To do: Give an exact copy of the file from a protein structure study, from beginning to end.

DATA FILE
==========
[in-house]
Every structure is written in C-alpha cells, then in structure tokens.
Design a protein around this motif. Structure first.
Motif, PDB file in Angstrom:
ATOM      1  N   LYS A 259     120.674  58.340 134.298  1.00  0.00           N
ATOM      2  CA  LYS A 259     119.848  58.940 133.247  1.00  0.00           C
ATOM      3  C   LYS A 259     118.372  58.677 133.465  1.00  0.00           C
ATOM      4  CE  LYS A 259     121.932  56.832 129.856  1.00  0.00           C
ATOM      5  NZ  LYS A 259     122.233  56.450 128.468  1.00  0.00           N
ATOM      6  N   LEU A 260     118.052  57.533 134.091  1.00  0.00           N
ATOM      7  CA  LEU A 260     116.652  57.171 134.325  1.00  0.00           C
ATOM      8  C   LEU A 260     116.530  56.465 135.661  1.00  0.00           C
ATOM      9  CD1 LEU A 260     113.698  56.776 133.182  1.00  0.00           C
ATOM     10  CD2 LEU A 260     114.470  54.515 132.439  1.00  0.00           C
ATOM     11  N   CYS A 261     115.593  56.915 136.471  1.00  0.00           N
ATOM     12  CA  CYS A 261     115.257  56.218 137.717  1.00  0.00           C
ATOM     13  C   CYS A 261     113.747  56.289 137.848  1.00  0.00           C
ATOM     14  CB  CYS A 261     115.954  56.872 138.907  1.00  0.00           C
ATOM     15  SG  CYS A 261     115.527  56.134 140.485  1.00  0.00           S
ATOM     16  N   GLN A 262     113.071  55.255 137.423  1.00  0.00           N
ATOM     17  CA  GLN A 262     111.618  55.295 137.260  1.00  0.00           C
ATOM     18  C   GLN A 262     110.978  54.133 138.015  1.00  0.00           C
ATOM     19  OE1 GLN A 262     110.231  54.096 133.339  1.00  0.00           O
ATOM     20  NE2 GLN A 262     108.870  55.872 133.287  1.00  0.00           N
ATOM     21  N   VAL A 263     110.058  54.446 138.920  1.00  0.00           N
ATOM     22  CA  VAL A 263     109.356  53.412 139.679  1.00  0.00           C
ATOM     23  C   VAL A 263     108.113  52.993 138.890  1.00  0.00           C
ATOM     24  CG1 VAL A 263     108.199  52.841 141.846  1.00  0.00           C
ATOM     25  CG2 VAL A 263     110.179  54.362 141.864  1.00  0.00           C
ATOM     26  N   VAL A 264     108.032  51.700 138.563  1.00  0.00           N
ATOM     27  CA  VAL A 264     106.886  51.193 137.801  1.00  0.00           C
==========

[in-house]
Every structure is written in C-alpha cells, then in structure tokens.
Design a protein around this motif. Structure first.
Motif, PDB file in Angstrom:
ATOM      1  N   LYS A 259     120.674  58.340 134.298  1.00  0.00           N
ATOM      2  CA  LYS A 259     119.848  58.940 133.247  1.00  0.00           C
ATOM      3  C   LYS A 259     118.372  58.677 133.465  1.00  0.00           C
ATOM      4  CE  LYS A 259     121.932  56.832 129.856  1.00  0.00           C
ATOM      5  NZ  LYS A 259     122.233  56.450 128.468  1.00  0.00           N
ATOM      6  N   LEU A 260     118.052  57.533 134.091  1.00  0.00           N
ATOM      7  CA  LEU A 260     116.652  57.171 134.325  1.00  0.00           C
ATOM      8  C   LEU A 260     116.530  56.465 135.661  1.00  0.00           C
ATOM      9  CD1 LEU A 260     113.698  56.776 133.182  1.00  0.00           C
ATOM     10  CD2 LEU A 260     114.470  54.515 132.439  1.00  0.00           C
ATOM     11  N   CYS A 261     115.593  56.915 136.471  1.00  0.00           N
ATOM     12  CA  CYS A 261     115.257  56.218 137.717  1.00  0.00           C
ATOM     13  C   CYS A 261     113.747  56.289 137.848  1.00  0.00           C
ATOM     14  CB  CYS A 261     115.954  56.872 138.907  1.00  0.00           C
ATOM     15  SG  CYS A 261     115.527  56.134 140.485  1.00  0.00           S
ATOM     16  N   GLN A 262     113.071  55.255 137.423  1.00  0.00           N
ATOM     17  CA  GLN A 262     111.618  55.295 137.260  1.00  0.00           C
ATOM     18  C   GLN A 262     110.978  54.133 138.015  1.00  0.00           C
ATOM     19  OE1 GLN A 262     110.231  54.096 133.339  1.00  0.00           O
ATOM     20  NE2 GLN A 262     108.870  55.872 133.287  1.00  0.00           N
ATOM     21  N   VAL A 263     110.058  54.446 138.920  1.00  0.00           N
ATOM     22  CA  VAL A 263     109.356  53.412 139.679  1.00  0.00           C
ATOM     23  C   VAL A 263     108.113  52.993 138.890  1.00  0.00           C
ATOM     24  CG1 VAL A 263     108.199  52.841 141.846  1.00  0.00           C
ATOM     25  CG2 VAL A 263     110.179  54.362 141.864  1.00  0.00           C
ATOM     26  N   VAL A 264     108.032  51.700 138.563  1.00  0.00           N
ATOM     27  CA  VAL A 264     106.886  51.193 137.801  1.00  0.00           C